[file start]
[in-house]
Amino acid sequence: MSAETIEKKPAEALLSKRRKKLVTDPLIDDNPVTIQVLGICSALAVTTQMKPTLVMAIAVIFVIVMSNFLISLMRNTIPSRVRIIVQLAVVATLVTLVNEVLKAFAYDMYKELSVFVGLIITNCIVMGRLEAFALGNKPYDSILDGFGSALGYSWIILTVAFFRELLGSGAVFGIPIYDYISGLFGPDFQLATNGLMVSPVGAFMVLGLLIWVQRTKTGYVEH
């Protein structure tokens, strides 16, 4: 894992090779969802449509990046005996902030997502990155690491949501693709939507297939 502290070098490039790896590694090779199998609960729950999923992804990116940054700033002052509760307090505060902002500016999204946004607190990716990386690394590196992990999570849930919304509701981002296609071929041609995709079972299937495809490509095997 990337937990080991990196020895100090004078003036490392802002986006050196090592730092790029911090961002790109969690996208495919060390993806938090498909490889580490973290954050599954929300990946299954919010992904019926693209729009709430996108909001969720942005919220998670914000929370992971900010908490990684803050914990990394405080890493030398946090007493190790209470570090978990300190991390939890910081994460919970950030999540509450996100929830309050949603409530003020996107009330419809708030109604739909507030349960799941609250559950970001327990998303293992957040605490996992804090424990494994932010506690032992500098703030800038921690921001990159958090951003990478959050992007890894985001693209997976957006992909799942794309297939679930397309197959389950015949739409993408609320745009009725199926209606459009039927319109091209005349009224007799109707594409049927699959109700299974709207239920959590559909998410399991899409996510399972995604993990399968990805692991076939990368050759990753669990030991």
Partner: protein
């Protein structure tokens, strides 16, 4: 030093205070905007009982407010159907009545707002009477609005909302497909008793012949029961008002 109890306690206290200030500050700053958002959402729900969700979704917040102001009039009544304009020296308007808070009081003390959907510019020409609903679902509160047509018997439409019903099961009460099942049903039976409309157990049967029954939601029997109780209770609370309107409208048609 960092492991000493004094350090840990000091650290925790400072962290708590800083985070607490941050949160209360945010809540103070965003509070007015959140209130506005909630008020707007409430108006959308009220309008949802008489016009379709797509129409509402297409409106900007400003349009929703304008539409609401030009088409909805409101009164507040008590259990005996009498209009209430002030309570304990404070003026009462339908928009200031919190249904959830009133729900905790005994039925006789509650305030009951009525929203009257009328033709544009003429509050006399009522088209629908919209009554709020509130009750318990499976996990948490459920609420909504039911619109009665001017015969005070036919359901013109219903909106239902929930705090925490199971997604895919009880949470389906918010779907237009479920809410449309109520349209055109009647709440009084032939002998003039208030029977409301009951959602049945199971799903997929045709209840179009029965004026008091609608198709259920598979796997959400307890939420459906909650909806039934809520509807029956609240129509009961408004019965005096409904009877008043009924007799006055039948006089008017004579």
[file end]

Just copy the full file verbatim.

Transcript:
[in-house]
Amino acid sequence: MSAETIEKKPAEALLSKRRKKLVTDPLIDDNPVTIQVLGICSALAVTTQMKPTLVMAIAVIFVIVMSNFLISLMRNTIPSRVRIIVQLAVVATLVTLVNEVLKAFAYDMYKELSVFVGLIITNCIVMGRLEAFALGNKPYDSILDGFGSALGYSWIILTVAFFRELLGSGAVFGIPIYDYISGLFGPDFQLATNGLMVSPVGAFMVLGLLIWVQRTKTGYVEH
């Protein structure tokens, strides 16, 4: 894992090779969802449509990046005996902030997502990155690491949501693709939507297939 502290070098490039790896590694090779199998609960729950999923992804990116940054700033002052509760307090505060902002500016999204946004607190990716990386690394590196992990999570849930919304509701981002296609071929041609995709079972299937495809490509095997 990337937990080991990196020895100090004078003036490392802002986006050196090592730092790029911090961002790109969690996208495919060390993806938090498909490889580490973290954050599954929300990946299954919010992904019926693209729009709430996108909001969720942005919220998670914000929370992971900010908490990684803050914990990394405080890493030398946090007493190790209470570090978990300190991390939890910081994460919970950030999540509450996100929830309050949603409530003020996107009330419809708030109604739909507030349960799941609250559950970001327990998303293992957040605490996992804090424990494994932010506690032992500098703030800038921690921001990159958090951003990478959050992007890894985001693209997976957006992909799942794309297939679930397309197959389950015949739409993408609320745009009725199926209606459009039927319109091209005349009224007799109707594409049927699959109700299974709207239920959590559909998410399991899409996510399972995604993990399968990805692991076939990368050759990753669990030991």
Partner: protein
């Protein structure tokens, strides 16, 4: 030093205070905007009982407010159907009545707002009477609005909302497909008793012949029961008002 109890306690206290200030500050700053958002959402729900969700979704917040102001009039009544304009020296308007808070009081003390959907510019020409609903679902509160047509018997439409019903099961009460099942049903039976409309157990049967029954939601029997109780209770609370309107409208048609 960092492991000493004094350090840990000091650290925790400072962290708590800083985070607490941050949160209360945010809540103070965003509070007015959140209130506005909630008020707007409430108006959308009220309008949802008489016009379709797509129409509402297409409106900007400003349009929703304008539409609401030009088409909805409101009164507040008590259990005996009498209009209430002030309570304990404070003026009462339908928009200031919190249904959830009133729900905790005994039925006789509650305030009951009525929203009257009328033709544009003429509050006399009522088209629908919209009554709020509130009750318990499976996990948490459920609420909504039911619109009665001017015969005070036919359901013109219903909106239902929930705090925490199971997604895919009880949470389906918010779907237009479920809410449309109520349209055109009647709440009084032939002998003039208030029977409301009951959602049945199971799903997929045709209840179009029965004026008091609608198709259920598979796997959400307890939420459906909650909806039934809520509807029956609240129509009961408004019965005096409904009877008043009924007799006055039948006089008017004579």